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Asian American Bone Marrow Donor Program Expands to Include Latinos

New America Media, News Feature, Adrian Avila Posted: Dec 14, 2008

SAN JOSE, Ca.--Auto shop owner Jorge Ochoa is in desperate need of a bone marrow transplant.

Last June, Ochoa, 24, was diagnosed with acute lymphoblastic leukemia and chronic myelogenous leukemia. When his family learned of his condition, they knew that finding a matching bone marrow donor would be a difficult task.

Latinos only account for 5.3 percent of total registered donors in California, as of September 2008. Searching within one's own ethnic group increases the probability of finding a matching donor because of the similarities that make up one's ethnicity.

Asian American Donor Program (AADP) Executive Director Carol Gillespie stressed the need for getting multi-ethnic and mixed-race heritage people to step forward and volunteer to become donors. "Finding a marrow match is like finding a needle in a haystack," Gillespie said.

"Jorge Ochoa's story shows why it is crucial that we are able to find the donors after a match is made," said AADP founder Jonathan Leong. He was at a press conference last week at the Santa Clara County Valley Medical Center East Valley Clinic to announce AADPs official outreach program into the Latino community.

Ochoa was not at the press conference because his doctors told him that his white blood cell count was so low that he could catch an infection if he went out in the sun.

At first, the Ochoa family had no idea where to turn, but they found support from the AADP, which has been working for 19 years to expand the availability of potential marrow/stem cell donors in the Asian community and, more recently, in the Latino community as well.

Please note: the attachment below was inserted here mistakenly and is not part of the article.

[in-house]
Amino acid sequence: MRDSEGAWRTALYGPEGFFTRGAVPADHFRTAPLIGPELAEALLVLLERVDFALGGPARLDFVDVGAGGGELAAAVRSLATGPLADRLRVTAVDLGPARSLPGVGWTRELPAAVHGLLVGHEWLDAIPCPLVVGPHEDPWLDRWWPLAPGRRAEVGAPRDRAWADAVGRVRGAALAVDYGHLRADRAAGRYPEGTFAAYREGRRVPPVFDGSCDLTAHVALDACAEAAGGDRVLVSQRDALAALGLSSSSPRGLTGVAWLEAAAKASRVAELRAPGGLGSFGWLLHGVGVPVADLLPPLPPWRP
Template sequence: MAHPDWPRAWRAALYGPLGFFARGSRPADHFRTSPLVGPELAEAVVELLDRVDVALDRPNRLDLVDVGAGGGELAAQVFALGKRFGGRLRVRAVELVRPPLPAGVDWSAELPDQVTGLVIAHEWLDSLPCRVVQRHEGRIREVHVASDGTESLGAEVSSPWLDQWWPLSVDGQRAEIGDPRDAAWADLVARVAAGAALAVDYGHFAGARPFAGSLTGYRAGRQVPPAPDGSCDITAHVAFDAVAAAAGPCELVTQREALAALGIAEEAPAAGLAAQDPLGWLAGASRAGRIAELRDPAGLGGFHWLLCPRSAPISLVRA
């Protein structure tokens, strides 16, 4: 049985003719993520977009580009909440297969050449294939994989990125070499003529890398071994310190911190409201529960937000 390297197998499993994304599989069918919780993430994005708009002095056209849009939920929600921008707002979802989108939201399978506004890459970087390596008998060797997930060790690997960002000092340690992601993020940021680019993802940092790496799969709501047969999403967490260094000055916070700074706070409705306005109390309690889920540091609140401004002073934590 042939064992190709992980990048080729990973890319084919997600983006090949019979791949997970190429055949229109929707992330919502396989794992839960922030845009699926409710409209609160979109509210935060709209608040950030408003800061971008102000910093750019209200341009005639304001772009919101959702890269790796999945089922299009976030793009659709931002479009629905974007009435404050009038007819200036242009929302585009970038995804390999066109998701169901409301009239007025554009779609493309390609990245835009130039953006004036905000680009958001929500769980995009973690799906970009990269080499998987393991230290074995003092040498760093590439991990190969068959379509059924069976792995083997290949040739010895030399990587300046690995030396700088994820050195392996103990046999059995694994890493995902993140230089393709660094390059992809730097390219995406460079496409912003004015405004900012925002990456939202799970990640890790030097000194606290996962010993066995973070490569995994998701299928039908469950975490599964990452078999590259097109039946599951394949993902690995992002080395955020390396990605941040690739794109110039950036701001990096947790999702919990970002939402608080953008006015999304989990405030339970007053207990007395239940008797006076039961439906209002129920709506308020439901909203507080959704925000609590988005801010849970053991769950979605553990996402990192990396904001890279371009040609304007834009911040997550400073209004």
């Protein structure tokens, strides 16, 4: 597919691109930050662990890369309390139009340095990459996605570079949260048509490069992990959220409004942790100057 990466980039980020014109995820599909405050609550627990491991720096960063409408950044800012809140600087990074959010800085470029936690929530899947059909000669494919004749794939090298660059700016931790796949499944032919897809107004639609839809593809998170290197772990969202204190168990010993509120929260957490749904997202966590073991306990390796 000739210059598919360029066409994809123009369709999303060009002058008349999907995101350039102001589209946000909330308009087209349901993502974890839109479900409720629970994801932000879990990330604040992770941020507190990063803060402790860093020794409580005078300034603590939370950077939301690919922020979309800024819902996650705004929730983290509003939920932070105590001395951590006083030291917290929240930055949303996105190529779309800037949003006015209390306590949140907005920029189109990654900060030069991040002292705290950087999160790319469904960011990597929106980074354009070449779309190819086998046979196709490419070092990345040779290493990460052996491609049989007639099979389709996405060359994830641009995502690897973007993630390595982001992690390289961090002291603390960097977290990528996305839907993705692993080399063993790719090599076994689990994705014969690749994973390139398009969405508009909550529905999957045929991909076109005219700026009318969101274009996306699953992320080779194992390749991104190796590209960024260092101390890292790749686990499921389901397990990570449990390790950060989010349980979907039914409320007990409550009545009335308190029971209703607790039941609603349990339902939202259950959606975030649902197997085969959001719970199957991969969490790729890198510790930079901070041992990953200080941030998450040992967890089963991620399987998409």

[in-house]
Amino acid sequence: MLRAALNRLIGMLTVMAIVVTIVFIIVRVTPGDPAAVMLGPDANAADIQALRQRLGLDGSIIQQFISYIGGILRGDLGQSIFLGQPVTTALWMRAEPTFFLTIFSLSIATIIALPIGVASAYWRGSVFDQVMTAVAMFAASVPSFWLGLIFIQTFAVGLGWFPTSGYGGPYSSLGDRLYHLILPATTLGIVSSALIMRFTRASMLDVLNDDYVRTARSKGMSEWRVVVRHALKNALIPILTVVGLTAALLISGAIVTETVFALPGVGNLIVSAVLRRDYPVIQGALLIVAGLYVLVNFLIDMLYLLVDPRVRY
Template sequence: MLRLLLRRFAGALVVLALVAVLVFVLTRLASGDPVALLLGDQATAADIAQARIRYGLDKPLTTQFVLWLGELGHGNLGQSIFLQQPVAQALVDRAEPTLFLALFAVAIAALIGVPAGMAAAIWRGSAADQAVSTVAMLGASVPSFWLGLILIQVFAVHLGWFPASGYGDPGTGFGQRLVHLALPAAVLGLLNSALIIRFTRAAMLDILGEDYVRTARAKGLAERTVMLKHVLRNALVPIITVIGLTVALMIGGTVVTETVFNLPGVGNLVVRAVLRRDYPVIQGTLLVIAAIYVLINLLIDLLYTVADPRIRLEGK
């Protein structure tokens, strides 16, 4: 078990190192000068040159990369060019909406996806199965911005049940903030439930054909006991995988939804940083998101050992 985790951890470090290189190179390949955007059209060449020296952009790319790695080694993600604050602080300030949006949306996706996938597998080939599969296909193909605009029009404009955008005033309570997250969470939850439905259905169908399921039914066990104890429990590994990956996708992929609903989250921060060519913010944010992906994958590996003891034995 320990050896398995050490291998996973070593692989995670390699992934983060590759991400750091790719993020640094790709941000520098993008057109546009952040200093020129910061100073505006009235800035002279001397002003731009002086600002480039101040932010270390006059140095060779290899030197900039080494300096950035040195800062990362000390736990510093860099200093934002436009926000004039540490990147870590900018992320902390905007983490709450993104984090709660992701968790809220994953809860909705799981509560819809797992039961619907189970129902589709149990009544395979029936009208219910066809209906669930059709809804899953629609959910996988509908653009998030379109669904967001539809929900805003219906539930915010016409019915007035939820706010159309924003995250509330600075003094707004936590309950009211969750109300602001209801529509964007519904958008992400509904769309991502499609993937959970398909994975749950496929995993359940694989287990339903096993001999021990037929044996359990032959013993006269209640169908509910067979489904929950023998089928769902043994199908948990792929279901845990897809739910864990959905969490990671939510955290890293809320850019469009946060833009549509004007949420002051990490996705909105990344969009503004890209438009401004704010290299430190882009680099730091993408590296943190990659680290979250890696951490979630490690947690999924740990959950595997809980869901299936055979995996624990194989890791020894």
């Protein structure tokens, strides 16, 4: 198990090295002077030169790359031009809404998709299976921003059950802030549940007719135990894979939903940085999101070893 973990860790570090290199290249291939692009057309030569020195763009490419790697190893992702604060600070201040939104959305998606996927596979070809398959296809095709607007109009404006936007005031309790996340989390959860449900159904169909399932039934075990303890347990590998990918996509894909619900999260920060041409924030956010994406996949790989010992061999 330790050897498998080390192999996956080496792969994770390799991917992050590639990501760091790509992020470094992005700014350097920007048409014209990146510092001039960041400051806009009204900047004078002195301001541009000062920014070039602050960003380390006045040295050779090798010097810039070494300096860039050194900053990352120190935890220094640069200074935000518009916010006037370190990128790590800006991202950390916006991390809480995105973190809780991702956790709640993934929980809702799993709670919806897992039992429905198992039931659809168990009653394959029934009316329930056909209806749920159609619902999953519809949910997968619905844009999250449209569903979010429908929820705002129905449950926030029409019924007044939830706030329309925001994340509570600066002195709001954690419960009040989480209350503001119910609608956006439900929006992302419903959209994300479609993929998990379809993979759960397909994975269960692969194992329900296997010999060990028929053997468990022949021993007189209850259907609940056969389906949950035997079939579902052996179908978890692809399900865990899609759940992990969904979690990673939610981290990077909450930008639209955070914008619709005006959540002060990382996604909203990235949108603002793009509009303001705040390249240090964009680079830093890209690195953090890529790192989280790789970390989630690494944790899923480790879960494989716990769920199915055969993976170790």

AADP usually holds around 300 marrow/stem cell drives a year in cities across the country. It is launching a new program to help the Latino community build the registered marrow/stem cell donor bank.

Getting the Latino community to register as donors is a steep challenge. Latinos make up only 388,033 of the 7 million people who are registered with the National Marrow Donor Program. With only a 30 percent chance of finding a match within a patient's own family, it is important to build up a vast donor bank to increase a cancer patient's likelihood of finding a donor and surviving.

Latinos are reluctant to register in the program for several reasons. One is fear of being in any type of traceable database that contains personal information that could be used to deport or detain individuals who are not in the country legally.

Mindful of this, AADP is making sure at its drives to let people know that none of the personal information will be shared with anyone.

They are also told that donors are not required to give their Social Security number or driver's license number in order to register. The registration process is free of charge and is usually done within a matter of minutes.

Once a match is made between donor and patient, the donation procedure is almost painless, AADP staff say, and donors can usually be on their way in less than two hours.

The Ochoa family has high hopes not only for Jorge, but also for any patient who is in search of the one donor that will save his or her life. At the drive in East San Jose, Ochoas sister, Laura, told the crowd, "My brother only wants to help others, and he has always been that strong person."

More information on bone marrow drives can be found by calling 1800.59.DONOR or by visiting the AADP website at www.aadp.org.

Three outreach programs in the Latino community are set for this week in San Jose:

Saturday, Dec. 13 from 11 a.m. to 3 p.m. at Our Lady of Guadalupe Church, 2020 E. San Antonio Street, San Jose, CA. 95116. Phone: 408-258-7057.

Saturday, Dec. 13, from 8:30 p.m. to 10 p.m. at Most Holy Trinity Church, 2040 Nassau Drive, San Jose, CA. 95122.

Sunday, Dec. 14, from noon to 2:30 p.m. at Most Holy Trinity Church in San Jose.

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